Voorhees offers new scholarship on a broad array of topics related to Christian Science identity focusing on reception history. With attention to fully resourced details and modern scholarship, Voorhees outlines the reception history of Christian Science in fields of religion, women studies, American history, politics, medicine, and metaphysics. She probes Mary Baker Eddy’s relationships with contemporary scholars, religion leaders, and students.View Annotation
Resources Discussing Ursula Gestefeld
The resources that discuss Ursula Gestefeld are listed below. Click “View Annotation” to learn more about the resource. On each annotation page you have the ability to find related annotations based on different criteria.
Horowitz assigns Christian Science a prominent place in the development of American affirmative-thinking (his term) philosophical systems. Although he acknowledges Mary Baker Eddy’s interest in Quimby (a 19th-century mesmerist) and her debt to him during a prolonged time of illness, Horowitz believes that Quimby was not the founder of Christian Science. Instead, Eddy herself created a brigade of spiritual freethinkers.View Annotation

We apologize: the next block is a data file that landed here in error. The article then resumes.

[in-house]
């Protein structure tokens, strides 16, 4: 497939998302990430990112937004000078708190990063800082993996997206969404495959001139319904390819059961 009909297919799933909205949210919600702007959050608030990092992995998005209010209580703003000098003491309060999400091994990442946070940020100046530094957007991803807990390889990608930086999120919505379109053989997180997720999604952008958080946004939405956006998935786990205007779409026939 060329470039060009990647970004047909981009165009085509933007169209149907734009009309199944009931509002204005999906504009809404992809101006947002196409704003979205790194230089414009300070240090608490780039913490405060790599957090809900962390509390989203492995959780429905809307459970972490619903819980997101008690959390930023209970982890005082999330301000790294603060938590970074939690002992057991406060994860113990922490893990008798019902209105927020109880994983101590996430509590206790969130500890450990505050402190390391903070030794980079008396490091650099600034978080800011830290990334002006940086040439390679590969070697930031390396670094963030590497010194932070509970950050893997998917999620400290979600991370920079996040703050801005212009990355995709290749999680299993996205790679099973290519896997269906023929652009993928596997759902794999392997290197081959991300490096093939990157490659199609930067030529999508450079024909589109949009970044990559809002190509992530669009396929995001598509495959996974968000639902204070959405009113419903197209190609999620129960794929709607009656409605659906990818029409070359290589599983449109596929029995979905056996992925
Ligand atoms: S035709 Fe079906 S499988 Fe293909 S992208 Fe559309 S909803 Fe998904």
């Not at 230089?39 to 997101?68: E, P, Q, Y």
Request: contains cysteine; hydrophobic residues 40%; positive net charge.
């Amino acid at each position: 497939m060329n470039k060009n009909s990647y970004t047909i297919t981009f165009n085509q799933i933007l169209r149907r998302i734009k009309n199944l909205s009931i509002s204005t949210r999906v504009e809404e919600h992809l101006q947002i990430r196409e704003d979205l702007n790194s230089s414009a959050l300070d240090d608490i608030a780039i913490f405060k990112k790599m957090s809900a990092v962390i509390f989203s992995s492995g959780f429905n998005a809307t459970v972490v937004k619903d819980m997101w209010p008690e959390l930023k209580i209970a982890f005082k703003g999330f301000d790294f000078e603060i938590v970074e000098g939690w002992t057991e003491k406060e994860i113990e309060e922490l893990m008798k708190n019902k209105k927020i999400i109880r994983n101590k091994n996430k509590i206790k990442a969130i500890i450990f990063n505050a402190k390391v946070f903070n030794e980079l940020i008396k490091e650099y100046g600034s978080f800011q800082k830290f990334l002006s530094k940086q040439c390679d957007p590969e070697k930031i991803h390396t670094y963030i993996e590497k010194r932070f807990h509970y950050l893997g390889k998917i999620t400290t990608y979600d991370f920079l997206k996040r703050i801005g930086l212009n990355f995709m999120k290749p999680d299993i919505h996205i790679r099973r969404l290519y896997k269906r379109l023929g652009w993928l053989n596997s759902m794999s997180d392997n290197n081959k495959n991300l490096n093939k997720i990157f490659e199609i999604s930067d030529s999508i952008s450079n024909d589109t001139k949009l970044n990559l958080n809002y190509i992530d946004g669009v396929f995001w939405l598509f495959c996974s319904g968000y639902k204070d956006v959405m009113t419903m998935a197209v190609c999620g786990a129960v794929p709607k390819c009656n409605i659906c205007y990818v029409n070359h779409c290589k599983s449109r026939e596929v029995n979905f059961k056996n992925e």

The commonly mischaracterized and consequently overlooked relationship between Eddy and her former student, Gestefeld, should be re-examined because of its rich theological and biographical potential. Voorhees’s closer look at their correspondence indicates a mutually respectful relationship before they parted ways on grounds of theological differences—Gestefeld’s theosophical eclecticism versus Eddy’s unorthodox Christian particularism, and not because of Eddy’s authoritarian reasons.View Annotation
Seeing no social change favoring women’s rights, suffragist Elizabeth Cady Stanton switched her energies to addressing the underlying issue of women’s subordination rooted in the Bible. Like Mary Baker Eddy’s opus, Science and Health, Stanton’s Women’s Bible was intended as a vehicle for emancipation. Kern includes Eddy among the many women bearing (indirect) influence on Stanton’s story.View Annotation
This 1930 biography on Mary Baker Eddy appears in this contemporary bibliography because of its role in Christian Science history. Without access to church archives and drawing on others who discredited her, Dakin’s biography reads like a conspiracy theory against Eddy. An important comparison can be made between Dakin’s and Lyman Powell’s biographies of the same year.View Annotation
Gestefeld had been an adoring student of Mary Baker Eddy’s until she felt ready to extend her own ideas beyond her teacher. She thought of herself as evidence of the natural progression of what Christian Science should be. But she opposed Eddy’s strict boundaries, and the trajectory of Gestefeld’s writing moved toward eclectic views, contrary to Eddy’s particularism.View Annotation